The Last 'Whassup' Picture Show: This was inevitable. Ten years ago, tragedies quickly turned into office humor. Today they become instant multimedia web events.Nadav has this to say:
The thing I find really interesting about all the silly cultural infatuations that get spread around the net is that they are the first baby words in a new literacy of graphics and animation. As a culture, we are beginning to communicate in motion graphics, which is, well, neat-o.Taylor has this to say:
If you could somehow tweak the way reality worked and text took ten times longer than images or multimedia we'd all be complaining about all the useless text that people are forcing upon us. Browsers would have turn off text buttons on them.On a mailing list of mine there was recently a discussion, an argument if you will, concerning the value of language vs. the value of the visual. It was good discussion and I think we all ended up agreeing that valuing language to the neglect of the visual is very bad. But come on! The written word is incomparably vital to both culture and individual. Without language (as if this is possible) the web would be more like cave man drawings than the Gutenberg press that it is. It's exciting to see a visual language developing on the web, sure. But don't let's kid ourselves: words are still where it's at.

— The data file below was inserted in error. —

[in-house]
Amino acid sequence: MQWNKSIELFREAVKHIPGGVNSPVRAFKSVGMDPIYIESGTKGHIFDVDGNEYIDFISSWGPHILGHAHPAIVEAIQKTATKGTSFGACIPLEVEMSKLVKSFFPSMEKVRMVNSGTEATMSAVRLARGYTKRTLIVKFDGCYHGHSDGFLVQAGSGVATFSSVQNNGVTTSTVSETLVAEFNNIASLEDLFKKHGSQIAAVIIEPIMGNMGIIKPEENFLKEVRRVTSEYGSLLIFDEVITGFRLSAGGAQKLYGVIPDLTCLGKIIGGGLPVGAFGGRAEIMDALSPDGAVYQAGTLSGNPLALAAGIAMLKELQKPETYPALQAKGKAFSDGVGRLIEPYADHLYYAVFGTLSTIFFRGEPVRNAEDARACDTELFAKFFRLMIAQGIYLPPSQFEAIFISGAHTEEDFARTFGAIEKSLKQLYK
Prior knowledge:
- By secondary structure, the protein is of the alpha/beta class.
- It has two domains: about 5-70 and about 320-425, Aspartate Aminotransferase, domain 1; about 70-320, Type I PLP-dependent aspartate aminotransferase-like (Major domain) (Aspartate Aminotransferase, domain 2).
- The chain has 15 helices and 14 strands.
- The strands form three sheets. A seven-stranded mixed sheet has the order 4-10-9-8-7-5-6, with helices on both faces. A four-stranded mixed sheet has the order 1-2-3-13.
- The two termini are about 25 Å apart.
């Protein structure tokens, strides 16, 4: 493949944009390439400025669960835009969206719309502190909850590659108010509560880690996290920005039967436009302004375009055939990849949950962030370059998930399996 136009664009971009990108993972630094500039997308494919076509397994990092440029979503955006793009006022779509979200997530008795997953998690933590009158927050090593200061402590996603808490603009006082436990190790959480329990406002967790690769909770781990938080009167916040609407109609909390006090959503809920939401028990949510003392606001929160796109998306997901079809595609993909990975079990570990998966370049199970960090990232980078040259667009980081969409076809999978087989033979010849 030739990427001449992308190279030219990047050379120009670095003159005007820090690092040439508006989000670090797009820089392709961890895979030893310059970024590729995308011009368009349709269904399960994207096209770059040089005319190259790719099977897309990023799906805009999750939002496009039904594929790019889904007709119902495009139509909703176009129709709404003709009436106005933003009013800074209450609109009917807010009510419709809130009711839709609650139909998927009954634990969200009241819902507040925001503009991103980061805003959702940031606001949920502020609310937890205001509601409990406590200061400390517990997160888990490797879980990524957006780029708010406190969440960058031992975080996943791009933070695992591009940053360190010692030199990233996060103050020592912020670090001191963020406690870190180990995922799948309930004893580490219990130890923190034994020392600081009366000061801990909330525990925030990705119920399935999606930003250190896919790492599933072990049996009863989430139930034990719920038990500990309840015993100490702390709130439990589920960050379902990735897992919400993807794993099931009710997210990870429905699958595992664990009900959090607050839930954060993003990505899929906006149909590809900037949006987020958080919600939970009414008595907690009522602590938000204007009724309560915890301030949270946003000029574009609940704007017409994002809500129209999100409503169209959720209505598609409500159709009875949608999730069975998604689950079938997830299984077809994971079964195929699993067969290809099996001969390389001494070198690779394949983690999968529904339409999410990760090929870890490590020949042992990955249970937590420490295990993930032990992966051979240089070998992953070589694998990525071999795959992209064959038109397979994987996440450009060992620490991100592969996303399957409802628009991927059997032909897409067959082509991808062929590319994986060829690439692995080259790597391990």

Now, there are certainly some places where Flash is useful. I worked on a site for Nextel Direct Connect that uses Flash to demo phones that have a two way radio feature built in. The Flash movie is wonderful at showing both how easy the product is to use, and how useful the feature can be in real life situations. In this case, an interactive Flash movie is worth 10,000 words. But that is a very particular scenario unlike 99% of content that people want the web for, and the problem is that many designers use Flash where it just doesn't belong, where plain text is clearly called for, where users (not French Theoreticians) simply want to read and maybe print out some information. Image based tools like Flash lure developers and designers away from the basics with pretty animations and goofy noises; let's not justify that by claiming that images can compete with words as a fundamental and sophisticated communication tool.